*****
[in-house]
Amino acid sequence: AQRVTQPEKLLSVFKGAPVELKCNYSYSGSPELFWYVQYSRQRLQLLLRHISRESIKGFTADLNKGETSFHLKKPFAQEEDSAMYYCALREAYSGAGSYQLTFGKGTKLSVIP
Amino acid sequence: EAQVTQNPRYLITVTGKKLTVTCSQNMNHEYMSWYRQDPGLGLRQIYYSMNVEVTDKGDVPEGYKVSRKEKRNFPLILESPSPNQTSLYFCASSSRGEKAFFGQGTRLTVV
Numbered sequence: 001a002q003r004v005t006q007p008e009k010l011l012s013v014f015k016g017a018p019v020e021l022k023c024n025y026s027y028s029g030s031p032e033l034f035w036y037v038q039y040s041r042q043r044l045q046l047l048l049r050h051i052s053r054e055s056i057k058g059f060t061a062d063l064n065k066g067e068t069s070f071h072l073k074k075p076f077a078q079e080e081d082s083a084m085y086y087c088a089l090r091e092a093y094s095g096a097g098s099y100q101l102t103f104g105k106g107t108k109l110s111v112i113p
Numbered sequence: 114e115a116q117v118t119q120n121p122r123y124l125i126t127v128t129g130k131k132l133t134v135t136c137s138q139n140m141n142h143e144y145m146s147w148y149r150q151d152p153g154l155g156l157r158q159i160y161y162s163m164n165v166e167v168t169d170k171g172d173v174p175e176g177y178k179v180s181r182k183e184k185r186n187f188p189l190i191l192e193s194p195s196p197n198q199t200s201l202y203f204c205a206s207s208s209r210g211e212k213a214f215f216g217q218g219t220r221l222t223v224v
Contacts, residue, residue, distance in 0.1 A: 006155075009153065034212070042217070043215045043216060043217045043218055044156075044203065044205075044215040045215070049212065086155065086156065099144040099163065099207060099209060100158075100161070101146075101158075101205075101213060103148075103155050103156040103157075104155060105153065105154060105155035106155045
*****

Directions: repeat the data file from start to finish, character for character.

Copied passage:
[in-house]
Amino acid sequence: AQRVTQPEKLLSVFKGAPVELKCNYSYSGSPELFWYVQYSRQRLQLLLRHISRESIKGFTADLNKGETSFHLKKPFAQEEDSAMYYCALREAYSGAGSYQLTFGKGTKLSVIP
Amino acid sequence: EAQVTQNPRYLITVTGKKLTVTCSQNMNHEYMSWYRQDPGLGLRQIYYSMNVEVTDKGDVPEGYKVSRKEKRNFPLILESPSPNQTSLYFCASSSRGEKAFFGQGTRLTVV
Numbered sequence: 001a002q003r004v005t006q007p008e009k010l011l012s013v014f015k016g017a018p019v020e021l022k023c024n025y026s027y028s029g030s031p032e033l034f035w036y037v038q039y040s041r042q043r044l045q046l047l048l049r050h051i052s053r054e055s056i057k058g059f060t061a062d063l064n065k066g067e068t069s070f071h072l073k074k075p076f077a078q079e080e081d082s083a084m085y086y087c088a089l090r091e092a093y094s095g096a097g098s099y100q101l102t103f104g105k106g107t108k109l110s111v112i113p
Numbered sequence: 114e115a116q117v118t119q120n121p122r123y124l125i126t127v128t129g130k131k132l133t134v135t136c137s138q139n140m141n142h143e144y145m146s147w148y149r150q151d152p153g154l155g156l157r158q159i160y161y162s163m164n165v166e167v168t169d170k171g172d173v174p175e176g177y178k179v180s181r182k183e184k185r186n187f188p189l190i191l192e193s194p195s196p197n198q199t200s201l202y203f204c205a206s207s208s209r210g211e212k213a214f215f216g217q218g219t220r221l222t223v224v
Contacts, residue, residue, distance in 0.1 A: 006155075009153065034212070042217070043215045043216060043217045043218055044156075044203065044205075044215040045215070049212065086155065086156065099144040099163065099207060099209060100158075100161070101146075101158075101205075101213060103148075103155050103156040103157075104155060105153065105154060105155035106155045